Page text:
Connect with us

President Museveni clarifies Anti-Homosexuality Law, outlines legislative agenda


President Museveni clarifies Anti-Homosexuality Law, outlines legislative agenda

President Yoweri Museveni has clarified the controversial anti-homosexuality law he recently enacted and signed, emphasizing the need for assistance rather than criminalization.

The President said this while delivering the State of the Nation adder at Kololo ceremonial grounds on Wednesday afternoon.

He raised several questions regarding the nature of homosexuality and wondered whether it resulted from genetic, hormonal, or psychological factors.

After consultations with medical professionals from Uganda as well as other African countries during a conference with African Members of Parliament, President Museveni said that it became evident that homosexuality is primarily attributed to psychological disorientation rather than genetics or hormones.

Based on this conclusion, the President called for a more compassionate approach.

“This conclusion gives us a way forward. If somebody is a victim of psychological disorientation, do you criminalise him or her on account of that? Is it logical or fair to do so? The answer is: “No”. Instead, such a person needs assistance to, if possible, overcome his psychological disorientation,” said Mr Museveni.

He expressed satisfaction with the agreement reached by Members of Parliament (MPs), who incorporated this perspective into the law. He reassured the public that seeking medical care would not lead to the arrest of homosexuals, as the law specifically states that being a homosexual in itself is not a crime if kept private.

“Therefore, those who say that homosexuals will be arrested if they go for medical care etc., are wrong. The law now says that a homosexual will not be criminalised for merely being so if he/she keeps the being to herself. What, then, does the law fight? It fights this homosexual when he/she goes from merely being and starts recruiting other people who are not psychologically disoriented like him or her to be like him by misinforming or bribing etc,” he clarified.

He explains that it is when such actions occur that an individual can be considered a criminal under the law.

The consequences for engaging in such activities include imprisonment for up to 20 years. Furthermore, if a homosexual commits rape, especially involving vulnerable individuals such as children, they can face the possibility of a death sentence.

President Museveni emphasized the three key points of the law: being a homosexual is a personal matter, promoting homosexuality is deemed criminal, and engaging in rape is a capital offence. He also highlighted that in Uganda, sexual matters, including heterosexual relations, are considered confidential.

Consequently, as long as a homosexual keeps their sexual orientation to themselves or privately seeks assistance from medical professionals or religious leaders, they will not be in violation of the law.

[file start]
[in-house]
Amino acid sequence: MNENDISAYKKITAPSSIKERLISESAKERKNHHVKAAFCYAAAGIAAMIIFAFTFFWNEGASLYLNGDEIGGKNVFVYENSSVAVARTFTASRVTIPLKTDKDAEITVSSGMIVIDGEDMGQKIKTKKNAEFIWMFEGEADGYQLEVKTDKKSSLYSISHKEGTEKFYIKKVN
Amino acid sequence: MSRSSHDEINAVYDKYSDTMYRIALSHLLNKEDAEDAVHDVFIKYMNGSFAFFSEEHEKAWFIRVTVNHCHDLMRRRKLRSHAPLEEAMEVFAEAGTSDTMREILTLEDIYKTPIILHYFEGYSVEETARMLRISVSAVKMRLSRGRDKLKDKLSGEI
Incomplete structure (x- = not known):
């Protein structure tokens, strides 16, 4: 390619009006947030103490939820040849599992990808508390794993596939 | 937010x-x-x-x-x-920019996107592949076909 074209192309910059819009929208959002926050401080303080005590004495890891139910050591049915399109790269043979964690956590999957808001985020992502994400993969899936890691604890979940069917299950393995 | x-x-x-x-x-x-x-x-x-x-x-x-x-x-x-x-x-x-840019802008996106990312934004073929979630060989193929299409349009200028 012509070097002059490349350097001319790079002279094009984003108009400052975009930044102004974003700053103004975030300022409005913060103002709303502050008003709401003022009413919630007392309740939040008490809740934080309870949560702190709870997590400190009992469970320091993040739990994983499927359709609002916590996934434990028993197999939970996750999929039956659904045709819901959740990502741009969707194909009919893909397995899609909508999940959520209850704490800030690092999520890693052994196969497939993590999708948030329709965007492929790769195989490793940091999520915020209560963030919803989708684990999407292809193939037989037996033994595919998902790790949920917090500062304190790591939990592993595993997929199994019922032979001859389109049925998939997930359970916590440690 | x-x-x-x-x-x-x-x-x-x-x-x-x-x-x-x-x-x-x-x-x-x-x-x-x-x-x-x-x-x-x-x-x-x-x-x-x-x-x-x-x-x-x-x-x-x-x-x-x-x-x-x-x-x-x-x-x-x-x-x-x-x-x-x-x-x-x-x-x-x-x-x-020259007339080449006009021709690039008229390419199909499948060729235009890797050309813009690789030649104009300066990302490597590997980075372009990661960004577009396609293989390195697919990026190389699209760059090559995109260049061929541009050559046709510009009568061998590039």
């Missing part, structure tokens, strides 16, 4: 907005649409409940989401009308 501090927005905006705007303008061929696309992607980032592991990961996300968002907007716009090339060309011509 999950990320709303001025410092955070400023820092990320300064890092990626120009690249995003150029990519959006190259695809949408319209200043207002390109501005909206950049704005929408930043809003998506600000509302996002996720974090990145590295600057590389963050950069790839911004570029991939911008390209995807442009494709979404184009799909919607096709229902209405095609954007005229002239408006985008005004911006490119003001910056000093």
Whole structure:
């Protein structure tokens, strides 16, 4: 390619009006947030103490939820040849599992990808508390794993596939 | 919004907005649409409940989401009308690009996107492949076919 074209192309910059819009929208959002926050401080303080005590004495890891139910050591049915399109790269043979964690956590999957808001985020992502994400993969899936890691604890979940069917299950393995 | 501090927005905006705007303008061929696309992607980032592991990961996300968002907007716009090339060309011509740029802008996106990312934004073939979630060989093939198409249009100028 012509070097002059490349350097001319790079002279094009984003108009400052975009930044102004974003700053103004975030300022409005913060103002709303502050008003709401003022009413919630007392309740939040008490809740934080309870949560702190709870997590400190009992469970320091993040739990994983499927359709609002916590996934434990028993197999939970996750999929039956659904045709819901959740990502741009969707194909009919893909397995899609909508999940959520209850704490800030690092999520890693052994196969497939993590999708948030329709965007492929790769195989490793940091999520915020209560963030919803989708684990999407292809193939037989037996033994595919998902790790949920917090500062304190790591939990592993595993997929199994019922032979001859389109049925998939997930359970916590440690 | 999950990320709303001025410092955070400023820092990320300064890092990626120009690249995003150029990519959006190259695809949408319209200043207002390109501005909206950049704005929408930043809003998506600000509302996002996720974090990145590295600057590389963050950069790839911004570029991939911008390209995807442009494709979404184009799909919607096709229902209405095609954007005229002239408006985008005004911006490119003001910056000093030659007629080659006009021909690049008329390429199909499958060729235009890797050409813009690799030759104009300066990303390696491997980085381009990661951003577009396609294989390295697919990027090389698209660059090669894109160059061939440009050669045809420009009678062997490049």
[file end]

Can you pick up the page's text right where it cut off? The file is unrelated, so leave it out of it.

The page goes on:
Acknowledging the potential imperfections in the law, such as requiring employers or landlords to identify homosexuals, President Museveni assured the public that efforts would be made to address these issues while preserving the core principles of the legislation.

“I have told our MPs, that if there are still some illogicalities in the law, such as forcing employers to know who is a homosexual in the company or landlords to know which tenants are homosexuals, we shall work to amend them and keep the substance. Therefore, doctors and other health providers should assist those patients who come to them bearing the three substantive points in mind,” the president clarified.

He announced plans for a dedicated broadcast on this matter at the end of June, aiming to provide further clarity and guidance on the implementation of the law.

The law which was signed late last month has caused controversy, with some Ugandans worried that some donors may recall essential funding like for HIV.

Sarah K. Biryomumaisho is a Multimedia journalist (Broadcast & Writing) with 11 years of experience. She holds a Diploma in Business Administration from Makerere Business Institute and a Certificate in Media Management from Women in News. She completed a Course in Wikimedia in 2020, making her one of the very few Wikipedia Editors in the country. She also has a certificate in Gender Justice Reporting from The International Women's Media Foundation, IWMF. She has worked with a number of media houses including 6 Radio stations, most recently Galaxy fm 100.2 & Radio 4. She has worked with Andariya Magazine as a writer. Sarah worked as a Digital Communications consultant for the newly revived Uganda Airlines and is also a Digital enthusiast. She owns a Media Organization called TheUgPost that publishes in Uganda and has a global reach. Twitter;

Click to comment

Leave a Reply

Your email address will not be published. Required fields are marked *

More in News


Advertisement Enter ad code here
To Top